Response.Redirect in Classic ASP

Response Object and HTML Encoding

The response object is often used in conjunction with various kinds of coding schemes. No discussion of response would be complete without a discussion of how to “handle” or “escape” special characters. This sample script demonstrates common conversion and transformation commands that make sense to use with the response.write command:

<title>Response object</title>
</head><body bgcolor="#FFFFFF">
' The response object can be used to write text
' but sometimes some functions must be used to transform
' the text instead of sending as is to the browser

response.write "<B>Hyperion</b> by <I>Dan Simmons</i> is a great novel"
response.write "<p>"
response.write server.htmlencode("<B>Hyperion</b> by <I>Dan Simmons</i> is a great novel")
response.write "<p>"

response.write "Joe Smith & Hilda = a team"
response.write "<p>"
response.write server.URLencode("Joe Smith & Hilda = a team")


Response Object – Redirects

The response object can be used to decide what page to send a user to next. Specifically the response.redirect method will work in that capacity. We have made a script formjump.asp that takes advantage of this.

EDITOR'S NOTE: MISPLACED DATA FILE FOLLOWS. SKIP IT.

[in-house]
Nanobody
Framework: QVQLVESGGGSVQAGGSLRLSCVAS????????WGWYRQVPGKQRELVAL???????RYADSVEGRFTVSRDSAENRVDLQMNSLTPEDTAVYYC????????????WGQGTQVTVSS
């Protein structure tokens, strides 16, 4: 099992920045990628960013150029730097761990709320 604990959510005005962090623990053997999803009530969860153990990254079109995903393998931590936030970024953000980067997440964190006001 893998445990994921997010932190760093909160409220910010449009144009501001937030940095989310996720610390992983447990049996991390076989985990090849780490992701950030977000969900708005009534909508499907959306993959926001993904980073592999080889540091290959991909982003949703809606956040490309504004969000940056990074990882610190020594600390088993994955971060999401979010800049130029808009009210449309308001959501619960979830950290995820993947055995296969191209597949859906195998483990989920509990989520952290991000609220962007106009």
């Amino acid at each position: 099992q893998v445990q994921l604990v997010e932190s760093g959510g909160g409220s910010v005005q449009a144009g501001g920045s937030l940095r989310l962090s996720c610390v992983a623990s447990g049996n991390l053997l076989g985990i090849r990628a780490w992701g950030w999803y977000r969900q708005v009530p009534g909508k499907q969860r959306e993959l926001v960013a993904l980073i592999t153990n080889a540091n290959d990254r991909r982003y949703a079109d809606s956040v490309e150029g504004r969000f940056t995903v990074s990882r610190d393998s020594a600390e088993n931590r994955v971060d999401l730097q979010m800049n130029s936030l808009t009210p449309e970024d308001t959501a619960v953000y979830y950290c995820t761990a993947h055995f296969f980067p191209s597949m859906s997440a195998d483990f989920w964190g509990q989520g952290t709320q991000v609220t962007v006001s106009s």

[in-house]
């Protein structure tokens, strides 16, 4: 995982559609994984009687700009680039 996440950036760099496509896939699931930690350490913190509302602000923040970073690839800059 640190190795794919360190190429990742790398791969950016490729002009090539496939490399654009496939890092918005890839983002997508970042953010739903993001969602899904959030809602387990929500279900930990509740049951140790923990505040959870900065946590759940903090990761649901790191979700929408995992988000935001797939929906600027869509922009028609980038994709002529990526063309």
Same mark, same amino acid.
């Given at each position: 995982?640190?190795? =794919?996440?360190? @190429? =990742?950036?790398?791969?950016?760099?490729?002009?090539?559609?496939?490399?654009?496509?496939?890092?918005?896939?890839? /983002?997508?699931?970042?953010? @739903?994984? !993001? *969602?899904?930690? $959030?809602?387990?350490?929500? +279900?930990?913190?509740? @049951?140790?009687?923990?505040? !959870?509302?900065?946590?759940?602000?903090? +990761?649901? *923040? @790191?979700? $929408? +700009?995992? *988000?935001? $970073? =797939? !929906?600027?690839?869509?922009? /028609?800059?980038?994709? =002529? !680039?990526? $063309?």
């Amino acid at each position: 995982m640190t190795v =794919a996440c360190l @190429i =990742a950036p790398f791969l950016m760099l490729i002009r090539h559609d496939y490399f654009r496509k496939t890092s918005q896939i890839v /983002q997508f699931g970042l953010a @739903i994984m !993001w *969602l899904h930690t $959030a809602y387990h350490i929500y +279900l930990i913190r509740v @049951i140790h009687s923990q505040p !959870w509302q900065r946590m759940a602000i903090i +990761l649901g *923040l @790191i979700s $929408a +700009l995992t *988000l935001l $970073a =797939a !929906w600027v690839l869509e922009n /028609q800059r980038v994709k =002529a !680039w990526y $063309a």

</head><body bgcolor="#FFFFFF">
<form action="FormJumpRespond.asp" method="get">
<SELECT NAME="wheretogo">
<OPTION value="news">Daily News</OPTION>
<OPTION value="docs">ASP IIS3 Roadmap/Docs</OPTION>
<OPTION value="main">MainPage of</OPTION>
<OPTION value="sample">IIS 3 Sample ASP scripts</OPTION>
<input type=submit value="Choose Destination">
The responder that reacts to this form is:

<body bgcolor="#FFFFFF">
' My ASP program that redirects to URL
Select Case where
case "main"
response.redirect thisURL & "/"
case "samples"
response.redirect thisURL & "/aspsamp/samples/samples.htm"
case "docs"
response.redirect thisURL & "/iasdocs/aspdocs/roadmap.asp"
case "news"
response.redirect ""
case "fun"
response.redirect ""
End Select
response.write "All dressed up and I don't know where to go<br>"
response.write "I recommend --> " & "<br>"
response.write server.htmlencode(thisURL & "/learn/test/res2.asp?where=fun") & "<br>"
response.write "for a good laugh!" & "<P>"

Do..While..Loops in ASP

Do Loop Part #1  by Charles Carroll

To execute a code sequence more than once ASP provides:
Either of these statements can be followed by UNTIL or WHILE.

…..code to be repeated…

…..code to be repeated…

Do Loop and Timeouts by Charles Carroll

A loop that is infinite will not run forever. IIS will timeout the script (default is 90 seconds).

Here is an infinite loop that IIS will timeout:

<body bgcolor="#FFFFFF">